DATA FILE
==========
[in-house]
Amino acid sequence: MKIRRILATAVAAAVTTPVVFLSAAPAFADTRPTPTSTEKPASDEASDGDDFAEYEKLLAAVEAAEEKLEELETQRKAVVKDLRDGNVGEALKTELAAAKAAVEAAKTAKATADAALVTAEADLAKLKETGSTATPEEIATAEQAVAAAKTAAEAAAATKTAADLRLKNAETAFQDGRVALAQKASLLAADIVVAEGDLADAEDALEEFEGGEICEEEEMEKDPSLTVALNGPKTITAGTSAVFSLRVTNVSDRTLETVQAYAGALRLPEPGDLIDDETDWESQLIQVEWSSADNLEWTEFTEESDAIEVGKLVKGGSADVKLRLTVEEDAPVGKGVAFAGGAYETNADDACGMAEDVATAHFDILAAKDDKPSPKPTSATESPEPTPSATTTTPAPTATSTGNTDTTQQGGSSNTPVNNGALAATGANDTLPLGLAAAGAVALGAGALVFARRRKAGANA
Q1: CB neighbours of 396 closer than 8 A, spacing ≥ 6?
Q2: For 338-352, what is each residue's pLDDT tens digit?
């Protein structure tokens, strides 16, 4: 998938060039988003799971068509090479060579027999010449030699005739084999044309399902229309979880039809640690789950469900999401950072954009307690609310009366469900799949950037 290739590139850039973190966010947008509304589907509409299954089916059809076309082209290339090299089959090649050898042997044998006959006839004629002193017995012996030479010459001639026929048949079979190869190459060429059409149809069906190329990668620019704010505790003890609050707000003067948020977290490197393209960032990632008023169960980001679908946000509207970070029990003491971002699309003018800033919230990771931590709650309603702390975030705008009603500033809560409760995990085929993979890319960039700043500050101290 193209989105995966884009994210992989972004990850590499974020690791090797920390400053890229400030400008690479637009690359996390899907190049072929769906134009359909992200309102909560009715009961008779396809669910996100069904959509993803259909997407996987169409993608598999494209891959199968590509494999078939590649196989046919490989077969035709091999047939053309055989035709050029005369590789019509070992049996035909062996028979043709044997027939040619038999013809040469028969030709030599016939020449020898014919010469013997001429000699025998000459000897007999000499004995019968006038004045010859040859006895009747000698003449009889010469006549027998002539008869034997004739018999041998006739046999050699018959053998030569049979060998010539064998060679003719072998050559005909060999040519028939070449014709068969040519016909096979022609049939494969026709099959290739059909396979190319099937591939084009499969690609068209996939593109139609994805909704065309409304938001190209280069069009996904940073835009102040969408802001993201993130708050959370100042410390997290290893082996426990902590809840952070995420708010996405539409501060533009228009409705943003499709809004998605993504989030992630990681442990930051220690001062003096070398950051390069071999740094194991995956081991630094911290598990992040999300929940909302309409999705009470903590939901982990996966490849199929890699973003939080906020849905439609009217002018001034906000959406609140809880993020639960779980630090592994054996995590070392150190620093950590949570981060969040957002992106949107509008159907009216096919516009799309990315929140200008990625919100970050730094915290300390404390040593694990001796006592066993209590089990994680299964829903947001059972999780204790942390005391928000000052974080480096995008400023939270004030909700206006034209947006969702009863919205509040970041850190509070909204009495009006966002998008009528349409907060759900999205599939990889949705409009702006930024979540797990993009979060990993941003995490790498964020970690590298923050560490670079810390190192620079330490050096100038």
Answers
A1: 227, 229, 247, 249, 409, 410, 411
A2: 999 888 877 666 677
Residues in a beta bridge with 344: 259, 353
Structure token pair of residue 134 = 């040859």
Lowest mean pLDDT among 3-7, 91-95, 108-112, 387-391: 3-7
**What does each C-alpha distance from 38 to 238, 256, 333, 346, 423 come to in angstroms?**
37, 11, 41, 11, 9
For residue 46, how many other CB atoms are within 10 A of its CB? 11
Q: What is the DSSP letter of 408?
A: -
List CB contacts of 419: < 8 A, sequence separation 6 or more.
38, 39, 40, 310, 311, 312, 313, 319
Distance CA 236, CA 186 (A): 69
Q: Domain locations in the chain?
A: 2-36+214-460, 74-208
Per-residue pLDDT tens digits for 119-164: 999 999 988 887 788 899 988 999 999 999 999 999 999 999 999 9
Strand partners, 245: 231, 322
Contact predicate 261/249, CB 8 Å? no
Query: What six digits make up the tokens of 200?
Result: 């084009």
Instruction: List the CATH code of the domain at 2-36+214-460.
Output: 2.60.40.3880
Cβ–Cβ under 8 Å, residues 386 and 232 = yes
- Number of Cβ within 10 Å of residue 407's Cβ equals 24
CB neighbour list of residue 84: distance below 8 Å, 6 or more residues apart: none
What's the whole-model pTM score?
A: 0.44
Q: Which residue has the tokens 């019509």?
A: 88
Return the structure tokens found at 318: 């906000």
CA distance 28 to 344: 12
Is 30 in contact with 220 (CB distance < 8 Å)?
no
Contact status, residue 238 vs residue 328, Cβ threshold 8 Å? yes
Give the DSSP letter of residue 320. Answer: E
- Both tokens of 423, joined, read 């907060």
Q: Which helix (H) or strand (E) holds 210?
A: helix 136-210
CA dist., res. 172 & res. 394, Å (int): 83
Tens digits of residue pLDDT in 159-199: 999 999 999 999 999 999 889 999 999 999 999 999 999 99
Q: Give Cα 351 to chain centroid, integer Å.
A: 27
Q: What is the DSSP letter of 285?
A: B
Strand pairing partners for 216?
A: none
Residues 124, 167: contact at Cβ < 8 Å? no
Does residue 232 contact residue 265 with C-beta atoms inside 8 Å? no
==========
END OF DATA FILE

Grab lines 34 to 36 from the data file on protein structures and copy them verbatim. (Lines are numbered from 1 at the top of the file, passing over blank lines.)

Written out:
Q: Which residue has the tokens 């019509």?
A: 88
Return the structure tokens found at 318: 């906000």